Teresa Braula Reis draws attention to the often overlooked affinity between construction and destruction. Her work envisages the building not simply as a site of stability, but of mutability. The notion of temporality, and with that obsolescence, assume significance in her careful considerations of the structures she inhabits. In her first solo show White Helmet, Braula Reis presents installation, sculpture, video, and image transference prints that delve into different aspects of decay, precarity, and shaky ground as related to the built environment. With these themes in mind, she reveals the slippage, similarity, and overlap between these realms.
The concrete block structure at the center of the gallery, fabricated to resemble a construction site, forms the conceptual linchpin of White Helmet. This piece, The Passing Hour, is destined for wreckage, wherein the work will partially self-destruct in a live performance at the exhibition opening. During this event, specialized materials used in the construction of the wall will expand, causing tiny cracks to form on the concrete, leading slabs to fall and break off in pieces. As the very composition of this façade drives the concrete to break, the wall becomes its own downfall. The collection of shards and dust will remain intact throughout the run of the show, as both evidence of this performance and the transience of our surroundings. Contemplating the fragility of our environment here, we are reminded of our own human fallibility.
In Rising Column, A Sense of Absence, the artist presents a three-sided wood mold that resembles the pillar structures that hold up buildings. Her iteration, however, is merely a partial replica of this form, an unfinished section of scaffold. Typical pillar form works are filled with concrete, and enclosed with wood on all sides. These concrete and wooden pillars are the elements that support the weight of a building and when that cracks, the building breaks. Braula Reis presents her form work in fragment form—an echo, or an etch of the bona fide structure. Sans concrete and gaping from one side, viewers may grasp the shoddiness of this support. At the same time, Braula Reis also dwells on the form work as a site of potential. The intricacy of this piece manifests in the way that the shapes of the surrounding slats of wood imply the missing components. What is there is just as important as what is not.
Braula Reis’ suite of concrete cast construction helmets explore related motifs. These concrete replicas represent the accouterment of the construction worker, produced in the very material of the building itself. The artist renders this quotidian object heavy and useless, dangling on the wall as a sculpture rather than as a practical component of a blue-collar uniform. Further, by displaying the helmet in varying shades of grey concrete, Braula Reis dwells on the materiality of the article, underscoring the object as an aesthetic material, where factors like color and curvature make these works a site not for use but for looking. And yet Braula Reis’ infatuation with the helmet extends beyond the aesthetic; while the construction helmet is used by workers to erect buildings, it is likewise used to raze them. It is the duality of the helmet, its use in both construction and destruction, that is most compelling to the artist. Braula Reis’ image transference works consider parallel subjects, juxtaposing construction sites with explosions in quarries.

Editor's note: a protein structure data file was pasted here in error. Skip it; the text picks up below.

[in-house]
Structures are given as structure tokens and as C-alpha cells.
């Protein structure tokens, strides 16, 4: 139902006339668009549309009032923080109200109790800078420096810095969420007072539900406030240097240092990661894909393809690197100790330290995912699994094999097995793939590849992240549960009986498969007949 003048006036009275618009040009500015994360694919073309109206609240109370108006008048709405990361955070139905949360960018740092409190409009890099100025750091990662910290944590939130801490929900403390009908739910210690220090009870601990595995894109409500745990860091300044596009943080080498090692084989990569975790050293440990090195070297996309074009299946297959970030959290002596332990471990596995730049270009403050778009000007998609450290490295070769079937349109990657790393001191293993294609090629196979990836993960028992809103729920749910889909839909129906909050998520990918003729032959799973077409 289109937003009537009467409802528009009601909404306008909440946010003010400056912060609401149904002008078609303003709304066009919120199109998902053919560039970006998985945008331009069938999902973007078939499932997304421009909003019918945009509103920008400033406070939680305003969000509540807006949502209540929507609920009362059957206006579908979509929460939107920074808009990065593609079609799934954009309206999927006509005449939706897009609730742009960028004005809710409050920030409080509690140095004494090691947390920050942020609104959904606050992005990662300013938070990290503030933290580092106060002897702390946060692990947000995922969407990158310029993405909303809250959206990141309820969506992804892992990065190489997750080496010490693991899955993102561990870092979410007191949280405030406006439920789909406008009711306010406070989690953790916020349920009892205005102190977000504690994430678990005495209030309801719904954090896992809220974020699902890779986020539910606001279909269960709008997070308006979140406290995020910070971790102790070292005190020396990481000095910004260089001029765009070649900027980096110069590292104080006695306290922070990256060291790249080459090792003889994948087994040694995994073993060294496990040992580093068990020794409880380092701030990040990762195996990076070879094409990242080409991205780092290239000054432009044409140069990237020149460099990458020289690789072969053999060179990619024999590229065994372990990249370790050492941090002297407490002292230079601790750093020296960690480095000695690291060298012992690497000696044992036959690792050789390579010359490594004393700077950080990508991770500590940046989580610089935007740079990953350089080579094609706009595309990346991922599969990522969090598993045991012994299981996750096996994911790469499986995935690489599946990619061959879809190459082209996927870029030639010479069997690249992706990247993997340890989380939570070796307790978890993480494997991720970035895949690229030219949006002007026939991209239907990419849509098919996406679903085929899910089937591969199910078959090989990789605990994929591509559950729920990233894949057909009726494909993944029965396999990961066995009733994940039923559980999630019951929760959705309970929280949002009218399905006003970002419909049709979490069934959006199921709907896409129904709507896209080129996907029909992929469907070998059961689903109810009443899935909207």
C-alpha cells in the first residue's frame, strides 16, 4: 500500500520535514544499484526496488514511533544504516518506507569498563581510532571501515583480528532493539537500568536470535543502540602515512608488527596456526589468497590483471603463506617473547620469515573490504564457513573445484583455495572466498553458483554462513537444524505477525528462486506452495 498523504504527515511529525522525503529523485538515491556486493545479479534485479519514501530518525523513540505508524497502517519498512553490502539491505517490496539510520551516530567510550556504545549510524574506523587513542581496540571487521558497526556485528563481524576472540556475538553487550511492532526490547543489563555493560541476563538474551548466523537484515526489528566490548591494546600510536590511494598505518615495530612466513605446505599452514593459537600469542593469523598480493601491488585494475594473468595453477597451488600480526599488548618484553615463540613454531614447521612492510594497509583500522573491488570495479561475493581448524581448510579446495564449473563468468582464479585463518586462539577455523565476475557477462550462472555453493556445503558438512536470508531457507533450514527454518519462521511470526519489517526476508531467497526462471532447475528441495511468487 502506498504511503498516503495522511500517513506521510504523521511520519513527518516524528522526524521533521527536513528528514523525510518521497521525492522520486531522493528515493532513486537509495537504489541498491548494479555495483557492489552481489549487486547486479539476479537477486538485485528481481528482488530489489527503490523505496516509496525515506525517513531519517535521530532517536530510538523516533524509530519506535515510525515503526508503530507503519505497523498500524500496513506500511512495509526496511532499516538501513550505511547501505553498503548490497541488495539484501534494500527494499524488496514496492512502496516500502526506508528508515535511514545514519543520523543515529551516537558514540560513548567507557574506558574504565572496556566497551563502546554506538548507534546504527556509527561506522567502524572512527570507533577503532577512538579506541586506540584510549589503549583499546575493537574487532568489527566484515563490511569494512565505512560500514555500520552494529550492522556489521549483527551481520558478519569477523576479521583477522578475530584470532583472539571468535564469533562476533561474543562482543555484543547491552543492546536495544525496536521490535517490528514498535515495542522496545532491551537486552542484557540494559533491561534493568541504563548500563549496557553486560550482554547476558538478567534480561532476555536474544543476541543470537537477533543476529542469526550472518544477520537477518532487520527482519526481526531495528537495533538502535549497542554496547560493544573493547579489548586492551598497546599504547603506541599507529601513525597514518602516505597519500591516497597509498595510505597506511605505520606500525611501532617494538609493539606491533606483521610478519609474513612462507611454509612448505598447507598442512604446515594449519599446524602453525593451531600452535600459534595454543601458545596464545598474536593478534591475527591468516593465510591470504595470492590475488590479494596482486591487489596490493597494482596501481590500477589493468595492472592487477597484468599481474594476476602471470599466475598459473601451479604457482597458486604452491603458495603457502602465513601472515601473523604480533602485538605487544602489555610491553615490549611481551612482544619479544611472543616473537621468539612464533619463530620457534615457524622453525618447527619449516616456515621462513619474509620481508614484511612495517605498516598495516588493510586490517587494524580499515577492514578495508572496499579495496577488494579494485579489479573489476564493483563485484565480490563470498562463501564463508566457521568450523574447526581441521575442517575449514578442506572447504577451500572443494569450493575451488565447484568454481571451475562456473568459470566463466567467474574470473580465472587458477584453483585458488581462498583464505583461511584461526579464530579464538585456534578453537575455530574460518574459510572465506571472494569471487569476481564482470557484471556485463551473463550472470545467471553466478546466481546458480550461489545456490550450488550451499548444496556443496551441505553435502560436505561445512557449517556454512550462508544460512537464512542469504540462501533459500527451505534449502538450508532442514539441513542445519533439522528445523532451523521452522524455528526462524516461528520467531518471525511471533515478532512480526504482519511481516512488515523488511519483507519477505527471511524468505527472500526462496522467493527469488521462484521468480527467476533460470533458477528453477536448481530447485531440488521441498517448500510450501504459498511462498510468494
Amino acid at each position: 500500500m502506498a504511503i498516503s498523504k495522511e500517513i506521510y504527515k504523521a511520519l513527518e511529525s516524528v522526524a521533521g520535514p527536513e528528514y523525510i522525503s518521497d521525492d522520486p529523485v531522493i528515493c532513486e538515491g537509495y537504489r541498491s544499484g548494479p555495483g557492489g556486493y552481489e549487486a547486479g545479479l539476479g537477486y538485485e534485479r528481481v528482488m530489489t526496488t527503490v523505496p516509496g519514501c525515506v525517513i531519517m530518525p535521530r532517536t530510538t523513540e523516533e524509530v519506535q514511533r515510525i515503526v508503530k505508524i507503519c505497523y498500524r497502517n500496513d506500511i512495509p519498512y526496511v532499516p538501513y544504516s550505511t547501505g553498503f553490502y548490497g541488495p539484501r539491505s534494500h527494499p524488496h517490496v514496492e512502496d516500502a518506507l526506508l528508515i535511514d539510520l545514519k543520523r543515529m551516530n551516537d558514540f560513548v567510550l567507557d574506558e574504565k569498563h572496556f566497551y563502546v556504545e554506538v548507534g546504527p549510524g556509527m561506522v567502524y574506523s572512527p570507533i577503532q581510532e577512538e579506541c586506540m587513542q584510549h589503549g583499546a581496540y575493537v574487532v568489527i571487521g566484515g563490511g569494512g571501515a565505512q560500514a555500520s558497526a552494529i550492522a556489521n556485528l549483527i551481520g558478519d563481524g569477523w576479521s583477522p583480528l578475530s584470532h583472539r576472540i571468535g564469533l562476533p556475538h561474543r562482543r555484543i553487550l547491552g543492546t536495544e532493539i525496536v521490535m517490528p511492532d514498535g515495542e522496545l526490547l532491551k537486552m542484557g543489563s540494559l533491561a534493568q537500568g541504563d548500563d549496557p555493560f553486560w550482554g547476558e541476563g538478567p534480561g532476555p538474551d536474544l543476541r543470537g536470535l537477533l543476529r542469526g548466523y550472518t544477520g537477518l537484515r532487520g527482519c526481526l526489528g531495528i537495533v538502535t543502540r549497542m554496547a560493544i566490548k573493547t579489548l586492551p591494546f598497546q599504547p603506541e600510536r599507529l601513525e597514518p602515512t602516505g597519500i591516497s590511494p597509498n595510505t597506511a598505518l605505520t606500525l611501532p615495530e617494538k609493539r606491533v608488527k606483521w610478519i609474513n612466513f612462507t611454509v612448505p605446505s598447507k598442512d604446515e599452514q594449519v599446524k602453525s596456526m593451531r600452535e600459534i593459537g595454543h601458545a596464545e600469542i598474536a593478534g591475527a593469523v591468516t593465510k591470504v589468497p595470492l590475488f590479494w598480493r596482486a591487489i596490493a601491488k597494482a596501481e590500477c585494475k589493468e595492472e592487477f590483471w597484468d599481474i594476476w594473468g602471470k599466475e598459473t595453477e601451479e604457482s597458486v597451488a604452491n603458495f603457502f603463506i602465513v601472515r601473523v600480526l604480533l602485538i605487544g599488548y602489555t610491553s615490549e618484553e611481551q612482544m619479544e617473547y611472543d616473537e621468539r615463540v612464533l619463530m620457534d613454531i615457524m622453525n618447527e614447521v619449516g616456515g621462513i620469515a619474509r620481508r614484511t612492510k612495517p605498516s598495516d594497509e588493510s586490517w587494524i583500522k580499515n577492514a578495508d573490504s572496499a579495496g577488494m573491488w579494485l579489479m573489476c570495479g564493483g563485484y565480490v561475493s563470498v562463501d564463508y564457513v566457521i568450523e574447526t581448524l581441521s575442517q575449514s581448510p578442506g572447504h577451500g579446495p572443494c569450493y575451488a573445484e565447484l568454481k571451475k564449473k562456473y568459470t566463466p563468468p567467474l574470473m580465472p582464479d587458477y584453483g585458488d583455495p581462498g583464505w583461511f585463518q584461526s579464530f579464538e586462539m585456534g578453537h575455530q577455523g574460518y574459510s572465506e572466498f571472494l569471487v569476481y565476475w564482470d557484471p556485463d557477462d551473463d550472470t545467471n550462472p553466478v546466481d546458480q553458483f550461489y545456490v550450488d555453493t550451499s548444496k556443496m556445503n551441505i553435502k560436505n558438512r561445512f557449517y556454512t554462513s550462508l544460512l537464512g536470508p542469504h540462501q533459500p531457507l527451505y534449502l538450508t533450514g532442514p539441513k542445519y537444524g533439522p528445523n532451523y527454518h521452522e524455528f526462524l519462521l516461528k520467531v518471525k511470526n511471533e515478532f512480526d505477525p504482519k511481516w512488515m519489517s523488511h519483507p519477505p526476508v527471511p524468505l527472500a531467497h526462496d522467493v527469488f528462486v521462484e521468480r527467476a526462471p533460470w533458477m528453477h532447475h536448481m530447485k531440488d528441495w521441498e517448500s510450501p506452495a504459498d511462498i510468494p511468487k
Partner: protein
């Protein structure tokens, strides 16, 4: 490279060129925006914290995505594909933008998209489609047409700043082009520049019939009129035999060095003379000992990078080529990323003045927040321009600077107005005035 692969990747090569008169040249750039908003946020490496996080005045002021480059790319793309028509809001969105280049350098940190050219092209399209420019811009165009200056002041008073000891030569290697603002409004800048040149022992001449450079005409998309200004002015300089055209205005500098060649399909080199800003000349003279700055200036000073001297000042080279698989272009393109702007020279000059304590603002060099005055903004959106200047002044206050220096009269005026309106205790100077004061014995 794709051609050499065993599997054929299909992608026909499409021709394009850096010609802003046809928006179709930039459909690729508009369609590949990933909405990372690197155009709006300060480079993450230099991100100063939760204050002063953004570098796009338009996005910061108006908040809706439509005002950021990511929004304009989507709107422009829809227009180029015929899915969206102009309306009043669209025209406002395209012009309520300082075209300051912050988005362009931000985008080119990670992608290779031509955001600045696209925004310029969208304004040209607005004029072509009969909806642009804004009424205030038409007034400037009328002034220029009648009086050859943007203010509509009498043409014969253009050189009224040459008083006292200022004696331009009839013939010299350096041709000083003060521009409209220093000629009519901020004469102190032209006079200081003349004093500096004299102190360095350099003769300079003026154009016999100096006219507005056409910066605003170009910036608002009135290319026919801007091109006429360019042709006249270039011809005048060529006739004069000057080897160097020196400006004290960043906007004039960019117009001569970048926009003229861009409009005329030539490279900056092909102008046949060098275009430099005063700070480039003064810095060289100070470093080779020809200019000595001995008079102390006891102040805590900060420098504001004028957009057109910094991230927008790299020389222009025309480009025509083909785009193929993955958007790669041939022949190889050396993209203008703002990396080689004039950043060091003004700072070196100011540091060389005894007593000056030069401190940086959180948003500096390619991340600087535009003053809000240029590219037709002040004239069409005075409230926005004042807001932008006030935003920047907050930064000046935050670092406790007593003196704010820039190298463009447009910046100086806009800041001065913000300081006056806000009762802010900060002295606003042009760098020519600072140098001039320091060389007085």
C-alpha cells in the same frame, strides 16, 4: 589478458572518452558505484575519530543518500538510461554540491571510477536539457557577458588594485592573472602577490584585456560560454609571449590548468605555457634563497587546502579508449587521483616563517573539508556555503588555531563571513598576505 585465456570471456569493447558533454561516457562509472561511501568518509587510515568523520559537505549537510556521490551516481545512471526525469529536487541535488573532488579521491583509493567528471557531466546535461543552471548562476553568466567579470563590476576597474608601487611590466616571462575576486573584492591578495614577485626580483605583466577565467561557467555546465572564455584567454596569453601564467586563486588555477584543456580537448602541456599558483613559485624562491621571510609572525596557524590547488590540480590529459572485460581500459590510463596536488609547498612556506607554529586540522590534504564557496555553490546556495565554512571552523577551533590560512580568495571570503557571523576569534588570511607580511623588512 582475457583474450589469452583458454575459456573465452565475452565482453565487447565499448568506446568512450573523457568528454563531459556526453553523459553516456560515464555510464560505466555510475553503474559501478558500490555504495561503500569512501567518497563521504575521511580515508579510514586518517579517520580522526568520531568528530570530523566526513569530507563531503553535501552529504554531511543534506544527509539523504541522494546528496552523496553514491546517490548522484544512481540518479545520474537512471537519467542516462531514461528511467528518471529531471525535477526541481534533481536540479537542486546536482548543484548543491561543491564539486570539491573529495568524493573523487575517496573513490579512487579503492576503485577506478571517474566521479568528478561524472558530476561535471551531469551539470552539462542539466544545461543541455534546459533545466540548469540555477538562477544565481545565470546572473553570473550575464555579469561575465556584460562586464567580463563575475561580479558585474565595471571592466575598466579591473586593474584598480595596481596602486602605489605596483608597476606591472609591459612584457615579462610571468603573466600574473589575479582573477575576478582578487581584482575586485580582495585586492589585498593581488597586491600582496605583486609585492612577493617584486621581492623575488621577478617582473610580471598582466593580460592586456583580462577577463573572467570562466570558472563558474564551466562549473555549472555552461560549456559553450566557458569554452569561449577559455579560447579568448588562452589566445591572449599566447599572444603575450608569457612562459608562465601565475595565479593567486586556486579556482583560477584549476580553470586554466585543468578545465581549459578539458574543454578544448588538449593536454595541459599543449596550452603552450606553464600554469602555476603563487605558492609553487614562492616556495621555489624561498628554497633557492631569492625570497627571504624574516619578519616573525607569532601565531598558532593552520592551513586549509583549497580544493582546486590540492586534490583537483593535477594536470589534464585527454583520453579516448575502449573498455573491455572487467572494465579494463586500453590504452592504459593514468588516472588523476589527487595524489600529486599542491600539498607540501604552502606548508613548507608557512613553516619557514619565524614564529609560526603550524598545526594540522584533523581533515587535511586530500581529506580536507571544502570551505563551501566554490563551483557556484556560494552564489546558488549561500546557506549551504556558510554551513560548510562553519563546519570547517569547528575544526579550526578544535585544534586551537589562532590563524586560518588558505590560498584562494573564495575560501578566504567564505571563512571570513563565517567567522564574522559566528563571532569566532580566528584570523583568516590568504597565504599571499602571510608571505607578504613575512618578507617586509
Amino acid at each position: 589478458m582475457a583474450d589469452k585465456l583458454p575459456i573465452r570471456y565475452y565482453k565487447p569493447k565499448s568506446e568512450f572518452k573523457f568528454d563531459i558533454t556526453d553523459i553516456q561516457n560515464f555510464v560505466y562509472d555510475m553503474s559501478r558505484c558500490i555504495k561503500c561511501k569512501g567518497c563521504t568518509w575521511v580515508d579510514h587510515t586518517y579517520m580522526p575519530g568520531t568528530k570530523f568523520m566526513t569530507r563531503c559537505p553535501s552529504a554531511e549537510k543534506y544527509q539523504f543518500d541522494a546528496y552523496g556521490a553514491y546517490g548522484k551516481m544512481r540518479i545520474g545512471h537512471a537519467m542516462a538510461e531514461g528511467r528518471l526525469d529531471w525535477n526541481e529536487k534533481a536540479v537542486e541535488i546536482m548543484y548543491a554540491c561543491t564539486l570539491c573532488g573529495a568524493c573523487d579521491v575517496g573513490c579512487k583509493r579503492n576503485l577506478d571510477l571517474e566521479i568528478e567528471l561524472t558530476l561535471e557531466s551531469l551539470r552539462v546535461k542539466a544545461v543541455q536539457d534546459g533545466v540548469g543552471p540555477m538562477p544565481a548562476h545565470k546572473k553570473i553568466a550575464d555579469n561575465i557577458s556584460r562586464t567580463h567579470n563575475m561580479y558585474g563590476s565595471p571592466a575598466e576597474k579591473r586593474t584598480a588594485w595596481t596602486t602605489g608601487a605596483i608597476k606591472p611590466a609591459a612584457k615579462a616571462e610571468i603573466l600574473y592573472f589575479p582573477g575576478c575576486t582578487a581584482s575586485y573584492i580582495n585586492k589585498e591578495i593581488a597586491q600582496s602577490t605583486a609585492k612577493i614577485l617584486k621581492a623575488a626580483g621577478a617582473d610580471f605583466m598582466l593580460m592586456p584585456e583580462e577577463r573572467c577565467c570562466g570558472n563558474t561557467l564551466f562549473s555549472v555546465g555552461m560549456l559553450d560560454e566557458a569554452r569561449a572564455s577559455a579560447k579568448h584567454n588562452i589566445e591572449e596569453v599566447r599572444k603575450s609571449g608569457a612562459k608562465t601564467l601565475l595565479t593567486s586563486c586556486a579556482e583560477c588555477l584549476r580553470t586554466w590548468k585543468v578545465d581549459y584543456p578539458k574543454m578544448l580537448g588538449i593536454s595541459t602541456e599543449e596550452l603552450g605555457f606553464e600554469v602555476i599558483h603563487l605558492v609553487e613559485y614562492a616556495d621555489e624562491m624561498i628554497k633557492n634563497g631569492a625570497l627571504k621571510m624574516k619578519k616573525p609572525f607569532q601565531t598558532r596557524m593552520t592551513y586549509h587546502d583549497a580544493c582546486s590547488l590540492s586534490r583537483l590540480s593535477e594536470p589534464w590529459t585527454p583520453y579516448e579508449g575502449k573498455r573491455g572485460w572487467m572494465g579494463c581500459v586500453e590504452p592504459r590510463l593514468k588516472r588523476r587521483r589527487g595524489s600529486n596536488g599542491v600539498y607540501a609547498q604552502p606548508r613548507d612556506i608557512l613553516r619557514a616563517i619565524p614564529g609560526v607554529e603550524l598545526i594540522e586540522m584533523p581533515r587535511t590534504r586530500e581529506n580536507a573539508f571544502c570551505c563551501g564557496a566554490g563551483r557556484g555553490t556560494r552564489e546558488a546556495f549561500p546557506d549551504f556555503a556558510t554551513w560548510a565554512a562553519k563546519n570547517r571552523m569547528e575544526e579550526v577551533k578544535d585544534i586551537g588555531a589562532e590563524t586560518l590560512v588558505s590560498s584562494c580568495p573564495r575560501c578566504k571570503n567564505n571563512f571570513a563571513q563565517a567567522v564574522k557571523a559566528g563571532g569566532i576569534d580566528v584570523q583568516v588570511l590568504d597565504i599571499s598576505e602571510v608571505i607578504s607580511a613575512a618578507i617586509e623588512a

The artist also inserts her own working environment into this show. Concrete reappears in If Only I Could Stay (Protective Boots) where she places her own work boots in concrete blocks. Here she ruminates on notions of heft, weightiness, immobility, and concrete’s diverse connotations. In another piece, If Only I Could Stay (Work Trousers), a pair of her own work pants hang nearby and add to this personal flourish. By portraying this paraphernalia, Braula Reis reflects on her own working process. She analyzes these ideas on a macro level in the sculptural triptych To Define a Place, to Hold it Still, where she renders casts of floor, brick, and roof tiles in white plaster.
Braula Reis’ video work 00:04:54 (created in collaboration with James Lake) depicts a choreographed exchange of sand between the cupped palms of two people. The sand slips through the cracks and crevices of their fingers as they transfer the material back and forth, repeating the process until the granules are depleted. The artist provides two angles on this process—the transfer act between the two figures and a top-down perspective of the steady stream of material as it slowly, almost imperceptibly, falls into a small pile by their feet. As these tiny pieces gather on the ground, one might regard the falling sand as a mode of destruction. At the same time, the sand that falls forms little mounds. These mounds are structures. Mountains, one may recall, are destined to become boulders, rocks, and, finally, sand itself. Ashes to ashes and dust to dust, for Braula Reis, construction and destruction can so easily be conflated.
Text by Simone Krug.
Photos by Joshua White.
Teresa Braula Reis - White Helmet
Baert Gallery, October 7 - November 18